The B-1 Business Visitor


B-1 Business

Visa permits a person to come to the United States temporarily for attending business meetings or trade shows, buying goods, conducting research, or other commercial activities.

To qualify you must demonstrate:

  • The purpose of your trip is for business
  • You plan to stay for a specific, limited period of time
  • You have social and economic ties outside the United States and you will return at the end of your visit

Examples of B-1 activities . The FAM sets forth many examples of permissible B-1 activities.  (See also INS Office of Business Liaison, Employment Information Bulletin 99-03, "Permissible Activities for a B-1 Business Visitor" (June 2000).

  • Professional athletes playing in tournaments, events, and competitions;
  • Members of boards of directors attending meetings;
  • Installing equipment purchased from overseas pursuant to a contract, or service or repair of commercial or industrial machinery;
  • Religious activities;
  • Attending conferences or seminars;
  • Setting up an E-2 enterprise-but not running it;
  • Consulting and meeting with clients;
  • Observing and conducting business;
  • Crew joining a vessel.
  • Engaging in commercial transactions (i.e., buying or selling) which do not involve gainful employment in the United States;
  • Negotiating contracts;
  • Consulting with business associates, including attending meetings at a U.S. corporation;
  • Litigating;
  • Participating in scientific, educational, professional, or business conventions, conferences or seminars;
  • Undertaking research.
  • Professors on Honorarium only.
  • Certain Chefs and Cooks, Religious Workers, Ministers, Personal Domestic Servants, Professional athlete, airline employee, elective clerkship students, commercial truck drivers, attending executive/professional seminars, race track personnel, etc.
  • Installation, service, or repair of commercial or industrial equipment.[1]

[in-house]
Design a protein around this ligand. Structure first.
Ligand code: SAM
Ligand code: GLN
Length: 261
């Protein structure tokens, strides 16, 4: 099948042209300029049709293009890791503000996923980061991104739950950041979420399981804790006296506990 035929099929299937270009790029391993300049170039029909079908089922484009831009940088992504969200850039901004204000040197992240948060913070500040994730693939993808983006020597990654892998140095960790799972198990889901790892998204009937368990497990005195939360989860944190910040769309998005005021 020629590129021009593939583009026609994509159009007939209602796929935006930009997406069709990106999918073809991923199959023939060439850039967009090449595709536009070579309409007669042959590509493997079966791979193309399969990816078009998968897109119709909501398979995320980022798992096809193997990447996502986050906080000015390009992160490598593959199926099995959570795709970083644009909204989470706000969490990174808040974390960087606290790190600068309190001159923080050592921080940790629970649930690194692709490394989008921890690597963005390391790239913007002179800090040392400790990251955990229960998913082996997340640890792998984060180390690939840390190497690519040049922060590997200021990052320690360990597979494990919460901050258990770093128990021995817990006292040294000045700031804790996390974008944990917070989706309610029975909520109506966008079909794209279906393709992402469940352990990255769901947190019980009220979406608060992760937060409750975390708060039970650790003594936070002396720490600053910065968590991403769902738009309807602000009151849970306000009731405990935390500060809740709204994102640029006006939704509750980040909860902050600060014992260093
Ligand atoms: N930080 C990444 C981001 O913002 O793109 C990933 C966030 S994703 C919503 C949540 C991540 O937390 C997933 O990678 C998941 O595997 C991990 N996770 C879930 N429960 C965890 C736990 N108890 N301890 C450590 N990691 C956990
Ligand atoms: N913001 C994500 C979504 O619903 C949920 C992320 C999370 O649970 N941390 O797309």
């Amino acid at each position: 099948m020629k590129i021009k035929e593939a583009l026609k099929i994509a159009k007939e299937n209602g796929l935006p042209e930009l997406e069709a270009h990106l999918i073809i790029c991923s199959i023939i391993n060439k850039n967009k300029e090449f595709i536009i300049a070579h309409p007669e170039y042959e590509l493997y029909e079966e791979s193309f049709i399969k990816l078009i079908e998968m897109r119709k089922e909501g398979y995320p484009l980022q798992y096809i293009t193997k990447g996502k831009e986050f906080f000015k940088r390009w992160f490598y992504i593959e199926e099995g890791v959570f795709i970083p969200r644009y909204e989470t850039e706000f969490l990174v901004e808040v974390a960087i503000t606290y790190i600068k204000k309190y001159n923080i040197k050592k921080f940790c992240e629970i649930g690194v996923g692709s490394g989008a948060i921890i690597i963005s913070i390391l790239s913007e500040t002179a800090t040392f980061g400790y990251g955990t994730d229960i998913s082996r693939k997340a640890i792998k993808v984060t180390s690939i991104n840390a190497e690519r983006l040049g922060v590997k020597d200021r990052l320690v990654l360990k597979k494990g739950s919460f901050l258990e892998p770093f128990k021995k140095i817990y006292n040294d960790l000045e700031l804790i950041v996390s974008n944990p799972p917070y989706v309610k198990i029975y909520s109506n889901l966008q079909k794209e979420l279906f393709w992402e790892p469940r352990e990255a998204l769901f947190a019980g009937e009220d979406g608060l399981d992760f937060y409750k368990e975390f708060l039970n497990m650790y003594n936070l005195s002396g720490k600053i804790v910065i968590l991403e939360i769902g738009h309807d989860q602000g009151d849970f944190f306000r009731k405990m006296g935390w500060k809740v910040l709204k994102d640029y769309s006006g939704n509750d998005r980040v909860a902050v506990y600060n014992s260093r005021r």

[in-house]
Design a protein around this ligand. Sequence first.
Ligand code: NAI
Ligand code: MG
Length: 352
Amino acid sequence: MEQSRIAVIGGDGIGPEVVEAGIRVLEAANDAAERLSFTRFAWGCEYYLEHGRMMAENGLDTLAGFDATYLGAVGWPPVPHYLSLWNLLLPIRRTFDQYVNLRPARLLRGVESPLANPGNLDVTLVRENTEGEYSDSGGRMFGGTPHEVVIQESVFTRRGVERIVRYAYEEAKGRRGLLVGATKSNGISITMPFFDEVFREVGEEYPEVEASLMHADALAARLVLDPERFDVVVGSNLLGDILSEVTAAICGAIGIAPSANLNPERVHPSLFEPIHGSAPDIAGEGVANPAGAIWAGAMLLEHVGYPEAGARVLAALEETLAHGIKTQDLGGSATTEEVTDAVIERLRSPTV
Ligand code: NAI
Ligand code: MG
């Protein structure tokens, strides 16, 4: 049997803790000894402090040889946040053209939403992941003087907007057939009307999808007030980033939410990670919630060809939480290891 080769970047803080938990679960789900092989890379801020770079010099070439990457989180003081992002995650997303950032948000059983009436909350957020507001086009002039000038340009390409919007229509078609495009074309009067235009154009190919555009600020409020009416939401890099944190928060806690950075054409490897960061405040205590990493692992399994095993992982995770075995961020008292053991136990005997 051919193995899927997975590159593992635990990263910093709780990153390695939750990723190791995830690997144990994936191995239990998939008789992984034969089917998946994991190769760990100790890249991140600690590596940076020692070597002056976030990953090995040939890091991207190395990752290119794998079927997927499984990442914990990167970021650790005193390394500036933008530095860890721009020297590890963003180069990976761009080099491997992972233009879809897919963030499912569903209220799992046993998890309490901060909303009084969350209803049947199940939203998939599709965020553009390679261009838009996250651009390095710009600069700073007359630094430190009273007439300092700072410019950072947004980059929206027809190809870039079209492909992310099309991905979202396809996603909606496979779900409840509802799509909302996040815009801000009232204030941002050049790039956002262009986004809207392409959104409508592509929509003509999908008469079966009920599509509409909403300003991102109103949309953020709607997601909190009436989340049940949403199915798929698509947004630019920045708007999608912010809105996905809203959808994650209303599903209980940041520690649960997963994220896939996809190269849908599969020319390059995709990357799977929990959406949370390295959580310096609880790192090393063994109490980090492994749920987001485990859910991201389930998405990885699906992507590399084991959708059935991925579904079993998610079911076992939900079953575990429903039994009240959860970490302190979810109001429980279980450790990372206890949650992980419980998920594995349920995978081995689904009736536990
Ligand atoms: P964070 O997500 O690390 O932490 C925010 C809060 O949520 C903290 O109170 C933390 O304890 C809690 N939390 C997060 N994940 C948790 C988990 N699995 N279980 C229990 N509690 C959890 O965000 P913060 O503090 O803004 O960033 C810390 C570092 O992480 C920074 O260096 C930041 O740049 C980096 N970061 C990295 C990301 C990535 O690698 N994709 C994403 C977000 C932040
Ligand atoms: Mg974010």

Key questions (if any one is answered YES, then visa will NOT be issued):

  1. Will the individual be compensated (i.e., beyond reimbursement for expenses or per diem) from a U.S. source?
  2. Will the individual, even if uncompensated, perform services for which a U.S. worker would have to be hired or are the services inherently part of the U.S. labor market?
  3. Are the services primarily benefiting the U.S. entity as local work or hire (as contrasted with benefiting the alien him or herself or the foreign employer in furtherance of international trade)?

[1] In such cases the contract of sale must specifically require the seller to provide such services or training, and the alien must possess specialized knowledge essential to the seller's contractual obligation to perform the services or training and must receive no remuneration from a U.S. source. These provisions do not apply to an alien seeking to perform building or construction work, whether on-site or in-plant except for an alien who is applying as a B-1 for the purpose of supervising or training other workers engaged in building or construction work, but not actually performing any such building or construction work.

Contact the Law Offices of Ricky Malik, P.C. to schedule a consultation with an experienced and qualified attorney.

Ricky Malik, Esq.